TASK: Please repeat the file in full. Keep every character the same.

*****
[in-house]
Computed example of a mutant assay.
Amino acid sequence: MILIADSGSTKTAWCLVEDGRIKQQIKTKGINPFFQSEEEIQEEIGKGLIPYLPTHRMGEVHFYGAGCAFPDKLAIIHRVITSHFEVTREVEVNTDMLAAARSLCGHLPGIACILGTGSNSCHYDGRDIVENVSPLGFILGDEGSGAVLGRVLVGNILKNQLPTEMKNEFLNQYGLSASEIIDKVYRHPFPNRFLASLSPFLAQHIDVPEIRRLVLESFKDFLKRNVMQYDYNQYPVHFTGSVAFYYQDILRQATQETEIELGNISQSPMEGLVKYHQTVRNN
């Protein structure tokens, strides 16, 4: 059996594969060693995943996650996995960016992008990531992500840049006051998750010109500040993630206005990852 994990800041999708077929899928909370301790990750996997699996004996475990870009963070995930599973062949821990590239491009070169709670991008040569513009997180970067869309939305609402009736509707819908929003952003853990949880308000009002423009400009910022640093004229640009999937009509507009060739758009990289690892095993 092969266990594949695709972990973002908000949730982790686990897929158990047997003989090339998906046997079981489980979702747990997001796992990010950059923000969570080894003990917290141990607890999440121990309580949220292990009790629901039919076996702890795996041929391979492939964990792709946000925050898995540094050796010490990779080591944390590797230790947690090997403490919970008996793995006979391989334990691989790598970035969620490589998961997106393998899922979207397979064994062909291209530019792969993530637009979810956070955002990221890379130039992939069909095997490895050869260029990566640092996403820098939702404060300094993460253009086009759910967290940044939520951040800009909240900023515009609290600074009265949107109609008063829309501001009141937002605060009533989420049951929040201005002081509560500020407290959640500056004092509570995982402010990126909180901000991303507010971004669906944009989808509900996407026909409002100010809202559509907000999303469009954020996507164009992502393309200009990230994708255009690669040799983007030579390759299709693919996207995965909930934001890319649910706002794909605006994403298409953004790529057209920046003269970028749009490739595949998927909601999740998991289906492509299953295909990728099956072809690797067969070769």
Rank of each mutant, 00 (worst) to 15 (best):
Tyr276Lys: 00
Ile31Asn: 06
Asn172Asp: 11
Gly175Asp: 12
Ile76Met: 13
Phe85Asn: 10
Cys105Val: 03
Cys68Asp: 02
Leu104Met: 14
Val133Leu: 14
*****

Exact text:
[in-house]
Computed example of a mutant assay.
Amino acid sequence: MILIADSGSTKTAWCLVEDGRIKQQIKTKGINPFFQSEEEIQEEIGKGLIPYLPTHRMGEVHFYGAGCAFPDKLAIIHRVITSHFEVTREVEVNTDMLAAARSLCGHLPGIACILGTGSNSCHYDGRDIVENVSPLGFILGDEGSGAVLGRVLVGNILKNQLPTEMKNEFLNQYGLSASEIIDKVYRHPFPNRFLASLSPFLAQHIDVPEIRRLVLESFKDFLKRNVMQYDYNQYPVHFTGSVAFYYQDILRQATQETEIELGNISQSPMEGLVKYHQTVRNN
């Protein structure tokens, strides 16, 4: 059996594969060693995943996650996995960016992008990531992500840049006051998750010109500040993630206005990852 994990800041999708077929899928909370301790990750996997699996004996475990870009963070995930599973062949821990590239491009070169709670991008040569513009997180970067869309939305609402009736509707819908929003952003853990949880308000009002423009400009910022640093004229640009999937009509507009060739758009990289690892095993 092969266990594949695709972990973002908000949730982790686990897929158990047997003989090339998906046997079981489980979702747990997001796992990010950059923000969570080894003990917290141990607890999440121990309580949220292990009790629901039919076996702890795996041929391979492939964990792709946000925050898995540094050796010490990779080591944390590797230790947690090997403490919970008996793995006979391989334990691989790598970035969620490589998961997106393998899922979207397979064994062909291209530019792969993530637009979810956070955002990221890379130039992939069909095997490895050869260029990566640092996403820098939702404060300094993460253009086009759910967290940044939520951040800009909240900023515009609290600074009265949107109609008063829309501001009141937002605060009533989420049951929040201005002081509560500020407290959640500056004092509570995982402010990126909180901000991303507010971004669906944009989808509900996407026909409002100010809202559509907000999303469009954020996507164009992502393309200009990230994708255009690669040799983007030579390759299709693919996207995965909930934001890319649910706002794909605006994403298409953004790529057209920046003269970028749009490739595949998927909601999740998991289906492509299953295909990728099956072809690797067969070769």
Rank of each mutant, 00 (worst) to 15 (best):
Tyr276Lys: 00
Ile31Asn: 06
Asn172Asp: 11
Gly175Asp: 12
Ile76Met: 13
Phe85Asn: 10
Cys105Val: 03
Cys68Asp: 02
Leu104Met: 14
Val133Leu: 14